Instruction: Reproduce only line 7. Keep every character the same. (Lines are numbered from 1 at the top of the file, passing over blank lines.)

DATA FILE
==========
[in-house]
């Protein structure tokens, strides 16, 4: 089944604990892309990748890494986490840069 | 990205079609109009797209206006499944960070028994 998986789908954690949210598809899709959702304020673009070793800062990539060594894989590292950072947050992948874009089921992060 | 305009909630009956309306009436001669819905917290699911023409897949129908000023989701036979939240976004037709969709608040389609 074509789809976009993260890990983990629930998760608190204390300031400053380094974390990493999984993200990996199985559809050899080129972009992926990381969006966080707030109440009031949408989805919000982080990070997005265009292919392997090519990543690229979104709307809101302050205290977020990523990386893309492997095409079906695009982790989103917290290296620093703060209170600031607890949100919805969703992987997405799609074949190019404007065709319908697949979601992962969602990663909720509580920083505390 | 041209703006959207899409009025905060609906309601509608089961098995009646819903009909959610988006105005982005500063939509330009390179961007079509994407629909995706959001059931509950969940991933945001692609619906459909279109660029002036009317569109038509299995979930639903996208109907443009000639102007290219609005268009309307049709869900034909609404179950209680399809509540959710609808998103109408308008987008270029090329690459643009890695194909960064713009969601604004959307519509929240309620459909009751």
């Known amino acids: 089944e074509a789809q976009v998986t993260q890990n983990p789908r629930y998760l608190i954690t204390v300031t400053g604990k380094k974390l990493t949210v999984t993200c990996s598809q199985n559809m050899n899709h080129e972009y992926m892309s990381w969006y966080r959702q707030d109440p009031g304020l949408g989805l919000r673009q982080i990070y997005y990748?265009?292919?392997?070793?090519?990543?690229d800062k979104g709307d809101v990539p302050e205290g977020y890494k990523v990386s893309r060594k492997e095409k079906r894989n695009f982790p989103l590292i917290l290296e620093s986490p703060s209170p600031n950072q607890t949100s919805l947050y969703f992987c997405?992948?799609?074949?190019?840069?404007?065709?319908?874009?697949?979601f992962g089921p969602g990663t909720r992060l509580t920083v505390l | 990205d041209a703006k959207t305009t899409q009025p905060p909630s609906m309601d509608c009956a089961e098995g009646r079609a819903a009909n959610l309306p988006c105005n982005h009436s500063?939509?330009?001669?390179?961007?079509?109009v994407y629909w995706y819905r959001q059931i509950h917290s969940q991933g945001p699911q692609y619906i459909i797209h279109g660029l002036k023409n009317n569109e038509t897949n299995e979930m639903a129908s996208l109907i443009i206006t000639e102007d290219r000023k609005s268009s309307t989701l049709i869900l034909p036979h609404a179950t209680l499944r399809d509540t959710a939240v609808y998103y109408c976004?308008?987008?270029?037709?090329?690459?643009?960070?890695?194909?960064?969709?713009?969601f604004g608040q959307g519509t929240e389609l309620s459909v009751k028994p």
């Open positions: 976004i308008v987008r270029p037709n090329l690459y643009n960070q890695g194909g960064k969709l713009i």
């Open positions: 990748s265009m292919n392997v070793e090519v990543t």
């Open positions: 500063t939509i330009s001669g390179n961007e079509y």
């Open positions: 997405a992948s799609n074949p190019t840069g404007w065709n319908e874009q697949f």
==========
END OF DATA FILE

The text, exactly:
């Open positions: 997405a992948s799609n074949p190019t840069g404007w065709n319908e874009q697949f």